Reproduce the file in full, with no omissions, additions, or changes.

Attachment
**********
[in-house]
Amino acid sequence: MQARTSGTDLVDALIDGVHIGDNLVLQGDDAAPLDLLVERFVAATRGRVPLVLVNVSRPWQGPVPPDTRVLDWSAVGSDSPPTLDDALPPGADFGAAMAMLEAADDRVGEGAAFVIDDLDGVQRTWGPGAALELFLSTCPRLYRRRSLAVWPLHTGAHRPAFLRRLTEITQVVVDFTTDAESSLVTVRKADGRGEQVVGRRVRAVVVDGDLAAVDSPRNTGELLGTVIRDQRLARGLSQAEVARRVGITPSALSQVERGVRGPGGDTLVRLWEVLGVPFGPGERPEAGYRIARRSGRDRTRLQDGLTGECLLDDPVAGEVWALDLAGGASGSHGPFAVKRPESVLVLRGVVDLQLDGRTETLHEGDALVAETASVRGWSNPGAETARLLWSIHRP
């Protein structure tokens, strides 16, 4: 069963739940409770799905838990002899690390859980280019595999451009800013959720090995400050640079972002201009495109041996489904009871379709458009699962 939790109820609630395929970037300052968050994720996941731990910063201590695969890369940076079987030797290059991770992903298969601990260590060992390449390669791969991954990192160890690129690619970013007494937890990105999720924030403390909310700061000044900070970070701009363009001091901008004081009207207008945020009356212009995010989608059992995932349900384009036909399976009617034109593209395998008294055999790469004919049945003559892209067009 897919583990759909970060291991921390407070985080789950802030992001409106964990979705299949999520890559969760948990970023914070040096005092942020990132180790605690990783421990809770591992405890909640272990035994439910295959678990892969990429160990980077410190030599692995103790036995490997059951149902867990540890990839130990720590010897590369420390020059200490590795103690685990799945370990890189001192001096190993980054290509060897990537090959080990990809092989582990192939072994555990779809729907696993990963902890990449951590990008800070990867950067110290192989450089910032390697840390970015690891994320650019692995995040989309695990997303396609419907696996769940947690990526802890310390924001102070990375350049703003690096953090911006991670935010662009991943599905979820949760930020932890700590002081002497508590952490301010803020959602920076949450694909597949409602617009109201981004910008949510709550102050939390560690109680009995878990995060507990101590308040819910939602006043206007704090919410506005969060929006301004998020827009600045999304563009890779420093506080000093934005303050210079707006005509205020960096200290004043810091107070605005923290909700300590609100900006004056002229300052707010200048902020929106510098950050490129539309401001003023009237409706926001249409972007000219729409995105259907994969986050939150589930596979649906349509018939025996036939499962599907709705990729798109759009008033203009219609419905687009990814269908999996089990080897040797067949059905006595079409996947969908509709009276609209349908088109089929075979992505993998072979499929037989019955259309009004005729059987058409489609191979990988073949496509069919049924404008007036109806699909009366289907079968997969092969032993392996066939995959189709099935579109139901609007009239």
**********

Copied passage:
[in-house]
Amino acid sequence: MQARTSGTDLVDALIDGVHIGDNLVLQGDDAAPLDLLVERFVAATRGRVPLVLVNVSRPWQGPVPPDTRVLDWSAVGSDSPPTLDDALPPGADFGAAMAMLEAADDRVGEGAAFVIDDLDGVQRTWGPGAALELFLSTCPRLYRRRSLAVWPLHTGAHRPAFLRRLTEITQVVVDFTTDAESSLVTVRKADGRGEQVVGRRVRAVVVDGDLAAVDSPRNTGELLGTVIRDQRLARGLSQAEVARRVGITPSALSQVERGVRGPGGDTLVRLWEVLGVPFGPGERPEAGYRIARRSGRDRTRLQDGLTGECLLDDPVAGEVWALDLAGGASGSHGPFAVKRPESVLVLRGVVDLQLDGRTETLHEGDALVAETASVRGWSNPGAETARLLWSIHRP
């Protein structure tokens, strides 16, 4: 069963739940409770799905838990002899690390859980280019595999451009800013959720090995400050640079972002201009495109041996489904009871379709458009699962 939790109820609630395929970037300052968050994720996941731990910063201590695969890369940076079987030797290059991770992903298969601990260590060992390449390669791969991954990192160890690129690619970013007494937890990105999720924030403390909310700061000044900070970070701009363009001091901008004081009207207008945020009356212009995010989608059992995932349900384009036909399976009617034109593209395998008294055999790469004919049945003559892209067009 897919583990759909970060291991921390407070985080789950802030992001409106964990979705299949999520890559969760948990970023914070040096005092942020990132180790605690990783421990809770591992405890909640272990035994439910295959678990892969990429160990980077410190030599692995103790036995490997059951149902867990540890990839130990720590010897590369420390020059200490590795103690685990799945370990890189001192001096190993980054290509060897990537090959080990990809092989582990192939072994555990779809729907696993990963902890990449951590990008800070990867950067110290192989450089910032390697840390970015690891994320650019692995995040989309695990997303396609419907696996769940947690990526802890310390924001102070990375350049703003690096953090911006991670935010662009991943599905979820949760930020932890700590002081002497508590952490301010803020959602920076949450694909597949409602617009109201981004910008949510709550102050939390560690109680009995878990995060507990101590308040819910939602006043206007704090919410506005969060929006301004998020827009600045999304563009890779420093506080000093934005303050210079707006005509205020960096200290004043810091107070605005923290909700300590609100900006004056002229300052707010200048902020929106510098950050490129539309401001003023009237409706926001249409972007000219729409995105259907994969986050939150589930596979649906349509018939025996036939499962599907709705990729798109759009008033203009219609419905687009990814269908999996089990080897040797067949059905006595079409996947969908509709009276609209349908088109089929075979992505993998072979499929037989019955259309009004005729059987058409489609191979990988073949496509069919049924404008007036109806699909009366289907079968997969092969032993392996066939995959189709099935579109139901609007009239």